Interview: Don Rickles

DonRickles1Back in February, 2008, I had the great honor of speaking on the phone to the legendary Don Rickles for Video Business Magazine, mainly about the imminent home entertainment release of Mr. Warmth: The Don Rickles Project. Directed by John Landis and released by Vivendi Visual Entertainment, the 2007 film is a feature-length tribute to Rickles’s life and career.

Our relatively insult-free discussion also included Rickles’ thoughts on why he made the decision decades ago to not release recordings of his renowned live performances on video, as well as TV’s CPO Sharkey, which finally made its DVD earlier this year

Disc Dish: Mr. Rickles, I appreciate you taking the time to speak with me

Don Rickles: Oh, it’s been my dream.

DD: Let’s talk about Mr. Warmth: The Don Rickles Project, which was one helluva tribute to you.

Rickles: Yes, yes it was.

DD: I imagine you’ve been watching films like this—tributes to your contemporaries—for years. And now you have your own.

Rickles: Yes! It was really a project by my son, Larry, and the director, John Landis, who’ve I’ve known since Kelly’s Heroes. He and John decided to do it and they put it all together and it worked out smoothly.

DD: Unlike many comics of the generation following yours, you never released any of your performances on home video or popped up on cable channels like HBO doing one man shows when the home entertainment revolution hit in the late Seventies and early Eighties.

MrWarmthRickles: No, I never did. I take pride in being very unique in what I do. Nobody else can do what I do and I don’t mean to say that egotistically, it’s just something in my personality. I never wanted to put it on film and the scenes [in Mr. Warmth] are the first time that some of my performances are being shown. I was offered shots on HBO many times in those days and I said ‘no’ because I felt that my act wasn’t right for it and I didn’t want to show it. I’m very glad I did so because I think that the way it’s presented in Mr. Warmth manages to say a lot without doing it all.

DD: Did you ever have an opportunity to do a more theatrical like performance, rather a club act?

Rickles: That never came up, but just the other day Landis said that my performance in the film is more of a theatrical performance and not really stand-up. What I do isn’t really “stand-up.” I’m not the kind of guy who comes out and starts with “Two Jews get on a bus…”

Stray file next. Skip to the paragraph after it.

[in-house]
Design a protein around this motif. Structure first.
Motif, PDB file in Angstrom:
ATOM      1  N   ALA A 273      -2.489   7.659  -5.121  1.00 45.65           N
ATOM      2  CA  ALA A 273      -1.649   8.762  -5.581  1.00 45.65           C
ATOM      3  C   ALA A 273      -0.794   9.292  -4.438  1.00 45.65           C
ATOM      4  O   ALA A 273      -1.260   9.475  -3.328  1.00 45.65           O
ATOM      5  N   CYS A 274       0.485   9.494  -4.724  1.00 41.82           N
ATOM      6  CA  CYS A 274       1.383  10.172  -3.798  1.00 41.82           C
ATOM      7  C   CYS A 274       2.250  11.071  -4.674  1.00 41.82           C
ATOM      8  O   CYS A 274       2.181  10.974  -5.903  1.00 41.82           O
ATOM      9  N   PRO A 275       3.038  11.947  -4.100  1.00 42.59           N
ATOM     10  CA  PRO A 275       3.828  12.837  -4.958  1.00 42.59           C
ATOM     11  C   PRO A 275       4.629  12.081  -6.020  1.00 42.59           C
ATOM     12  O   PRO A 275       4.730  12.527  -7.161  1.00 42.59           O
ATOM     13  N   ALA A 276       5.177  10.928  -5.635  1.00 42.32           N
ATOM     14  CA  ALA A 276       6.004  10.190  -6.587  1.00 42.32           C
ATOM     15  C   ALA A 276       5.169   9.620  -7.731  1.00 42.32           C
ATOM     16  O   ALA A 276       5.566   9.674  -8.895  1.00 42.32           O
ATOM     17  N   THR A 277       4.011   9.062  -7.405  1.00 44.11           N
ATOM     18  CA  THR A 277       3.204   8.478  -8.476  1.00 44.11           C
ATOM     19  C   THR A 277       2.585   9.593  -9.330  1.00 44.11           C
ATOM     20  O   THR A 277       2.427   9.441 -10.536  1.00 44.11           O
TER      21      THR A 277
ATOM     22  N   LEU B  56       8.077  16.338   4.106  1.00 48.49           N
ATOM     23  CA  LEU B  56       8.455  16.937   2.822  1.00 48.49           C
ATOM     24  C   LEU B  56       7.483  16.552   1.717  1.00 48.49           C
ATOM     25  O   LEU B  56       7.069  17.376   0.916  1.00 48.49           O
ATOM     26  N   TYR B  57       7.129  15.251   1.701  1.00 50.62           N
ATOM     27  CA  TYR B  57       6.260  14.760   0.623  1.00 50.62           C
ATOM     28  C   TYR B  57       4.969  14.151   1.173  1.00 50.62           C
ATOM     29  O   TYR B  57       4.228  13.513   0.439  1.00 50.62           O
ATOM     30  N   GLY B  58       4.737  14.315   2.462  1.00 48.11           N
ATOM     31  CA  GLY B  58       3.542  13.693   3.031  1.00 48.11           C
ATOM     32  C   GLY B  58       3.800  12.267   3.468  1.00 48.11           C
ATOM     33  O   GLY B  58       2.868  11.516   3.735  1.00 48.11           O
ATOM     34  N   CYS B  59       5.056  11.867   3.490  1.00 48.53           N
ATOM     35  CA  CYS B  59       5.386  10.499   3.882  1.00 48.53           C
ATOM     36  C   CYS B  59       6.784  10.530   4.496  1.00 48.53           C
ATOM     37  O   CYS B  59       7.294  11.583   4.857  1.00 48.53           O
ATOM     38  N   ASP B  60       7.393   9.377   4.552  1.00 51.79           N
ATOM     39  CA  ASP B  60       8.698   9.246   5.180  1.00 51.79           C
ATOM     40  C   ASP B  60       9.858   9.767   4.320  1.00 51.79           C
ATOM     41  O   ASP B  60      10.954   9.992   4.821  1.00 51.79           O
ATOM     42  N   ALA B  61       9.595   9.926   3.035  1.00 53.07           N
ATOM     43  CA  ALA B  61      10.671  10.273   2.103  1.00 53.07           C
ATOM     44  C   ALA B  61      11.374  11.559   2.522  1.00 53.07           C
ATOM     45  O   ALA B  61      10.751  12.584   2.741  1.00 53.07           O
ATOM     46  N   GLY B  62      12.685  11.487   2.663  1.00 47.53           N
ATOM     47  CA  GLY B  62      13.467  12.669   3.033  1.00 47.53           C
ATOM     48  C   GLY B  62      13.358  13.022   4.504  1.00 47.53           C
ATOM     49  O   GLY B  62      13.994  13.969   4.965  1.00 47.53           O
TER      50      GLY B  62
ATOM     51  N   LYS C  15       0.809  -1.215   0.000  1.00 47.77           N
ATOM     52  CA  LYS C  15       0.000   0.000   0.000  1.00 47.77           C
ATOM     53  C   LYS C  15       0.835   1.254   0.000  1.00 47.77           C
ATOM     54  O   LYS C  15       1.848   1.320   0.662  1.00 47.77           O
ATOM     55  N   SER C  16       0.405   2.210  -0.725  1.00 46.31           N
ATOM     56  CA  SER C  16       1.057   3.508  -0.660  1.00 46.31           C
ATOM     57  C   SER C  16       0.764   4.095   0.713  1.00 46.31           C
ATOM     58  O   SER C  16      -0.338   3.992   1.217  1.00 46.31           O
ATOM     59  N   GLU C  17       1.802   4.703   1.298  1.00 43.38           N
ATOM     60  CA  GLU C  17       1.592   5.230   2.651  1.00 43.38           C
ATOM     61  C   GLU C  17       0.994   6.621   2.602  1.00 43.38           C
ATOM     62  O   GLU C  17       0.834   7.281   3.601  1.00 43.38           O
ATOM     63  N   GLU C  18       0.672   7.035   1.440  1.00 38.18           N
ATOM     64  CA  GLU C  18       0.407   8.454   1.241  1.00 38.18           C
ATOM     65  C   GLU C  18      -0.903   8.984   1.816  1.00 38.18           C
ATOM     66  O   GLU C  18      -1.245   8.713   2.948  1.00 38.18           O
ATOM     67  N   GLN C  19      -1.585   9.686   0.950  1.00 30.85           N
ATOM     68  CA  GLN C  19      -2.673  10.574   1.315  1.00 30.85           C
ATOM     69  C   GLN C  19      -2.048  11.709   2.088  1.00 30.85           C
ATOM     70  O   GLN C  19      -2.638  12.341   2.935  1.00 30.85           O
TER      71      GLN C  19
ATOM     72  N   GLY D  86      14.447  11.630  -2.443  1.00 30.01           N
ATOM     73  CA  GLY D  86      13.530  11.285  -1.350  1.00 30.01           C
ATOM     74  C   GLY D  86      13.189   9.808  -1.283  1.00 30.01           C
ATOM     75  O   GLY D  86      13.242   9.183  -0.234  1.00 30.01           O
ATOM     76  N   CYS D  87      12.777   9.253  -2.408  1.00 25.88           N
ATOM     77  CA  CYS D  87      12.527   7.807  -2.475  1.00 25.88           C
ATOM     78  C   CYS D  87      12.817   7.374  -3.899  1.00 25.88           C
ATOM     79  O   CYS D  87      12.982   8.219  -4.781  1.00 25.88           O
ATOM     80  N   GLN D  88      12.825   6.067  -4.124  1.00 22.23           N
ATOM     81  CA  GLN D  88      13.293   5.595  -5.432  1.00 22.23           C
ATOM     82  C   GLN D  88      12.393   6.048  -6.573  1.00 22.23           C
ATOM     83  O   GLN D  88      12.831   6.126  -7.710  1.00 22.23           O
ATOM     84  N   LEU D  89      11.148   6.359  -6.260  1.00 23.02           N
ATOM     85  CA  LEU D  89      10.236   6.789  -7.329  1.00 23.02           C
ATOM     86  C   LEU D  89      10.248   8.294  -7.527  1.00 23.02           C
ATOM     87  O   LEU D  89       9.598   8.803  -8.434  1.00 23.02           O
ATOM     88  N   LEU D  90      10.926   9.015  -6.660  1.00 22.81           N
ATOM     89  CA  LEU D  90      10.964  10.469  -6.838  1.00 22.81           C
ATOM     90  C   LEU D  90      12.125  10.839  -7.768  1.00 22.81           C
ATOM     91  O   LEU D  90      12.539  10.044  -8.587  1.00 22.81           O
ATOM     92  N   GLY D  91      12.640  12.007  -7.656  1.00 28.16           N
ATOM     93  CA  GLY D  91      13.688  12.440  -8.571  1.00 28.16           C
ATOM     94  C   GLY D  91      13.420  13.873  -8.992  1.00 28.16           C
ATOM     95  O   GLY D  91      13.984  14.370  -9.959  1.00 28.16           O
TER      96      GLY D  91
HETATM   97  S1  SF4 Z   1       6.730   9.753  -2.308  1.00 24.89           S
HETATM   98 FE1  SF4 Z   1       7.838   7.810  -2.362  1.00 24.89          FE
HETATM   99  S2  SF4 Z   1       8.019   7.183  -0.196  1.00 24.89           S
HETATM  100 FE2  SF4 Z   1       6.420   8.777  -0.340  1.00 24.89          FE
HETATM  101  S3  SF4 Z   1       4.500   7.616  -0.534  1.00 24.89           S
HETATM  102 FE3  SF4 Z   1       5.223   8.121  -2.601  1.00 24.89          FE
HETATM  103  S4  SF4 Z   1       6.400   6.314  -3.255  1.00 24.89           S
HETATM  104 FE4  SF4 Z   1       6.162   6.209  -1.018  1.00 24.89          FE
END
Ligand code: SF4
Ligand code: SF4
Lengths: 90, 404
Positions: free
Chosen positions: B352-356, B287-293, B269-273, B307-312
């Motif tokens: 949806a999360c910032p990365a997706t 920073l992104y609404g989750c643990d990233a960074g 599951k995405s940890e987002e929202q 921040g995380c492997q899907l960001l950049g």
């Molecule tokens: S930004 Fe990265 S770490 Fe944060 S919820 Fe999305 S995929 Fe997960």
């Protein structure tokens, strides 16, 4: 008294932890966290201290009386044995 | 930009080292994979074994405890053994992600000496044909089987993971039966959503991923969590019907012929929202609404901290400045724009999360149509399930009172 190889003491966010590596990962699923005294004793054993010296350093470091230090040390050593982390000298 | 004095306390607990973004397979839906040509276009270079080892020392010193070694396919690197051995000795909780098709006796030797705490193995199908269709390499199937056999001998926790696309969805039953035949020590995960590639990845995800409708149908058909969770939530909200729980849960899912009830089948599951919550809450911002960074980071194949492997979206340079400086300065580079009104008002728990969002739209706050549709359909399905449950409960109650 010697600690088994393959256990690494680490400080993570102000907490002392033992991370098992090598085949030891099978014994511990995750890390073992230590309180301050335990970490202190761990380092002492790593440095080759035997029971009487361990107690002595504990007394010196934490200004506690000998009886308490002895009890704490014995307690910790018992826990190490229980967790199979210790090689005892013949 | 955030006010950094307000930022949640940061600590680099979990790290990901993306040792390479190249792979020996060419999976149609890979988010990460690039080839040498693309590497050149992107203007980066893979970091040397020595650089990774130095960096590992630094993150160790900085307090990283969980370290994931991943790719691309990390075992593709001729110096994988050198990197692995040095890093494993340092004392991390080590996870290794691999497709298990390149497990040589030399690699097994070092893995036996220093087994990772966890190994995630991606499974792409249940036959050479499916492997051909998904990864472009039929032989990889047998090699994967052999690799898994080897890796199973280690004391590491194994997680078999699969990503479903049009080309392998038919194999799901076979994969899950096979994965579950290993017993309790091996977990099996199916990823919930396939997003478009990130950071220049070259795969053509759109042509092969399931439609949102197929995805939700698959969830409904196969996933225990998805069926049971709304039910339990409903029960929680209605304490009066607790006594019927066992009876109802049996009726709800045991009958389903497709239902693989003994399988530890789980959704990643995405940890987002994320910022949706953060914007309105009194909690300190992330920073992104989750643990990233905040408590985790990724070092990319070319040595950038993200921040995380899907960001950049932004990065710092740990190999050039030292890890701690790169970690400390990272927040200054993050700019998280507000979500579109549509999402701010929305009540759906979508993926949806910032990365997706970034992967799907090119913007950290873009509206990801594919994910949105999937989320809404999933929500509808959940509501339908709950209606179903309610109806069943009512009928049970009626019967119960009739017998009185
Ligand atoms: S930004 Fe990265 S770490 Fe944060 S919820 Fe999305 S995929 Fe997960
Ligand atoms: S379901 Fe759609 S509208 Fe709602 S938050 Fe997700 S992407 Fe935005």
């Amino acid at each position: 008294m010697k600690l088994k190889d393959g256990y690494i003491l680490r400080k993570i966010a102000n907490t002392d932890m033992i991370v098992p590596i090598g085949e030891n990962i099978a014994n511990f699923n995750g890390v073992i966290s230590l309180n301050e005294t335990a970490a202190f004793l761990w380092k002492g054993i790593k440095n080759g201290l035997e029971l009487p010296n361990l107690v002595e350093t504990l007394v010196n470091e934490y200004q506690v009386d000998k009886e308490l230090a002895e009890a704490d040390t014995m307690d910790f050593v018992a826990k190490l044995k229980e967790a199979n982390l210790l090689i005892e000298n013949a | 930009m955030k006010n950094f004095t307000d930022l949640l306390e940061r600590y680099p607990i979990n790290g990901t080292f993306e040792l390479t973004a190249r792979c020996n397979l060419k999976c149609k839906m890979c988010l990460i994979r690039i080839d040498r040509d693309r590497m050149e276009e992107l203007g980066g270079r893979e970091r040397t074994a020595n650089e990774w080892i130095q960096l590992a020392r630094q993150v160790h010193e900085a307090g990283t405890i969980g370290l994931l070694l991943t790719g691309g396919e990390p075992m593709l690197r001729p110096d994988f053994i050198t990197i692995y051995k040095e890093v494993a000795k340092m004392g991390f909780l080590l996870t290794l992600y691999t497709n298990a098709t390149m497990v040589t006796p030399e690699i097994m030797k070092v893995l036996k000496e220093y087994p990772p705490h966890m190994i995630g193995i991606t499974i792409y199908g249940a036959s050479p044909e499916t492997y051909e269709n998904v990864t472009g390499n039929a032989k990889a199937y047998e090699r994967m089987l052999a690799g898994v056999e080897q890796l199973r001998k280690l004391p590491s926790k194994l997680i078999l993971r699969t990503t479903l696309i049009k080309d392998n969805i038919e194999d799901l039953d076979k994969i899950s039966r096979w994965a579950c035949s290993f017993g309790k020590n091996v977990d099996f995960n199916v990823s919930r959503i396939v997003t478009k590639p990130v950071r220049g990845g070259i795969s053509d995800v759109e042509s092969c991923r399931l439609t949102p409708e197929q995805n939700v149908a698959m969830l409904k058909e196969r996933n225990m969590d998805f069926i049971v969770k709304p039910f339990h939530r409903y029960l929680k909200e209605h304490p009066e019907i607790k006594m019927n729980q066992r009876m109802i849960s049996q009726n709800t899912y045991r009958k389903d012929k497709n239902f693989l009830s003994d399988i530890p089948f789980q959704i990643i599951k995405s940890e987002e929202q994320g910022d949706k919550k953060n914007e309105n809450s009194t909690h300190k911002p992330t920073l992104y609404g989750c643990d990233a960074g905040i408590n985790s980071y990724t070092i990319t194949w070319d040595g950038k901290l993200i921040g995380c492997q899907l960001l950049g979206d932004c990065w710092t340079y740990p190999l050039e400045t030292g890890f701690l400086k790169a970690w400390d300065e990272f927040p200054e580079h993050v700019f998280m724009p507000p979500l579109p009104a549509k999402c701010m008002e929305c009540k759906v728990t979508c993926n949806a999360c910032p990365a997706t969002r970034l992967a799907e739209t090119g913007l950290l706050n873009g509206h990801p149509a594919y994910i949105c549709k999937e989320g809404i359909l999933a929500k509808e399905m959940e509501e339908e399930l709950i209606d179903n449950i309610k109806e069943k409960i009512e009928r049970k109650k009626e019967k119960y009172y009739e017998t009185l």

DD: Given the amount of television you’ve done over the years, I was also surprised to see that there isn’t much of your own TV work in the marketplace apart from your appearances on various sitcoms and variety show and the Dean Martin Roasts.

Rickles: CPO Sharkey is one of the only shows I really enjoyed doing although, unfortunately, it never made it. For some reason, [creator, executive producer and writer] Aaron Ruben never put it out on DVD. One day…

DD: And you’ve been working clubs and casinos for more than 50 years. What are the major differences between today’s club entertainment and that of 30 years ago?

Rickles: Thirty years ago you used to work one place for four weeks—you’d work in Vegas for four weeks, two shows a night, a dinner show and a midnight show. It was a much tougher schedule, but you would stay in one spot. Today, you have to travel all over the country because you’re working at the Indian reservations and hotels for two or three days at a shot. The only major drawback about the reservations, which are big and beautiful, is that I’m always on a plane. The jobs are wonderful, but the traveling is tough. But I still work in Vegas and Atlantic City for three or four days each.

CPO-SharkeyDD: Do you have a lot of time to watch other performers on disc while you’re traveling?

Rickles: Not to sound like a pompous ass, but I’ve been doing this for 55 years and I’ve heard all the jokes, so unless it’s someone who really hits me in the head that I really enjoy, I don’t go out of my way to watch. I get into basketball, baseball, hockey—I’m a big sports fan.

DD: How about movies?

Rickles: Oh, I’m always watching films. The Academy pretty much sends me every film that’s ever been done. I enjoy watching them, especially with the people I know.

DD: Fifty-five years—is there anything that you haven’t done in the business that you’d like to consider at this point?

Rickles: I’ll never do this now because it’s too much work at this stage of my life, but I would have loved to have been on Broadway in a show. In those days, I went to the American Academy of Dramatic Arts and I never got a chance. I thought I could have been in Stalag 17 or Mr. Roberts, but it never happened. The closest I came to Broadway was working with Ernest Borgnine doing The Odd Couple about 30 years in the round in San Diego.

DD: Were you Felix?

Rickles: Yes, I was the quiet one. Can you believe that?


Buy or Rent CPO Sharkey: Season One
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About Laurence

Founder and editor Laurence Lerman saw Alfred Hitchcock’s North by Northwest when he was 13 years old and that’s all it took. He has been writing about film and video for more than a quarter of a century for magazines, anthologies, websites and most recently, Video Business magazine, where he served as the Reviews Editor for 15 years.